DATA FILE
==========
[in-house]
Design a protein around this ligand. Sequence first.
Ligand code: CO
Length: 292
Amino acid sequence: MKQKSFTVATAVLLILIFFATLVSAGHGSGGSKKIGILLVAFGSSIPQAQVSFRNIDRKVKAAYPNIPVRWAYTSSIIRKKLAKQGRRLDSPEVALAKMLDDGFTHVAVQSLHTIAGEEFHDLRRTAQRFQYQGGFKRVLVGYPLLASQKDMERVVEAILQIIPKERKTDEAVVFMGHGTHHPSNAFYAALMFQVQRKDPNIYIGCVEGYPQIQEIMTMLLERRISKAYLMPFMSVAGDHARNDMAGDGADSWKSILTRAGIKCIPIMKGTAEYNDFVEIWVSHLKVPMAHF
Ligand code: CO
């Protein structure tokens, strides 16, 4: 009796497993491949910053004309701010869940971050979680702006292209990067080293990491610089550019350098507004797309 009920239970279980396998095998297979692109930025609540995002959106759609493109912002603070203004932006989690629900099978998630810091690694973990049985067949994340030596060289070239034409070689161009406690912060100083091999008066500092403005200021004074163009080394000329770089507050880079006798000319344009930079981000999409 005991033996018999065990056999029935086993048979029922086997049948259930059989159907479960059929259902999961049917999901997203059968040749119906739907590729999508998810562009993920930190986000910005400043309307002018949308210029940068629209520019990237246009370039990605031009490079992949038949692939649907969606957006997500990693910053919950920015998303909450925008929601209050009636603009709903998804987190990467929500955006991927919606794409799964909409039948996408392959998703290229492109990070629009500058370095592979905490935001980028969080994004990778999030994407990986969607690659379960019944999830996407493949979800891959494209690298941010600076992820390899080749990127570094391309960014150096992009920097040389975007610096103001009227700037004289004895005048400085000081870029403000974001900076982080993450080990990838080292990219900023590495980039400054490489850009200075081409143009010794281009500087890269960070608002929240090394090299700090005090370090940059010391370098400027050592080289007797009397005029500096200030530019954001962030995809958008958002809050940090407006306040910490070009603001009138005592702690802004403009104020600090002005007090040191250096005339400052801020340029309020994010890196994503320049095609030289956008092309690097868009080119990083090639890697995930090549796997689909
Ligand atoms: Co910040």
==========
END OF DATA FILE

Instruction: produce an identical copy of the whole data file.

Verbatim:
[in-house]
Design a protein around this ligand. Sequence first.
Ligand code: CO
Length: 292
Amino acid sequence: MKQKSFTVATAVLLILIFFATLVSAGHGSGGSKKIGILLVAFGSSIPQAQVSFRNIDRKVKAAYPNIPVRWAYTSSIIRKKLAKQGRRLDSPEVALAKMLDDGFTHVAVQSLHTIAGEEFHDLRRTAQRFQYQGGFKRVLVGYPLLASQKDMERVVEAILQIIPKERKTDEAVVFMGHGTHHPSNAFYAALMFQVQRKDPNIYIGCVEGYPQIQEIMTMLLERRISKAYLMPFMSVAGDHARNDMAGDGADSWKSILTRAGIKCIPIMKGTAEYNDFVEIWVSHLKVPMAHF
Ligand code: CO
């Protein structure tokens, strides 16, 4: 009796497993491949910053004309701010869940971050979680702006292209990067080293990491610089550019350098507004797309 009920239970279980396998095998297979692109930025609540995002959106759609493109912002603070203004932006989690629900099978998630810091690694973990049985067949994340030596060289070239034409070689161009406690912060100083091999008066500092403005200021004074163009080394000329770089507050880079006798000319344009930079981000999409 005991033996018999065990056999029935086993048979029922086997049948259930059989159907479960059929259902999961049917999901997203059968040749119906739907590729999508998810562009993920930190986000910005400043309307002018949308210029940068629209520019990237246009370039990605031009490079992949038949692939649907969606957006997500990693910053919950920015998303909450925008929601209050009636603009709903998804987190990467929500955006991927919606794409799964909409039948996408392959998703290229492109990070629009500058370095592979905490935001980028969080994004990778999030994407990986969607690659379960019944999830996407493949979800891959494209690298941010600076992820390899080749990127570094391309960014150096992009920097040389975007610096103001009227700037004289004895005048400085000081870029403000974001900076982080993450080990990838080292990219900023590495980039400054490489850009200075081409143009010794281009500087890269960070608002929240090394090299700090005090370090940059010391370098400027050592080289007797009397005029500096200030530019954001962030995809958008958002809050940090407006306040910490070009603001009138005592702690802004403009104020600090002005007090040191250096005339400052801020340029309020994010890196994503320049095609030289956008092309690097868009080119990083090639890697995930090549796997689909
Ligand atoms: Co910040």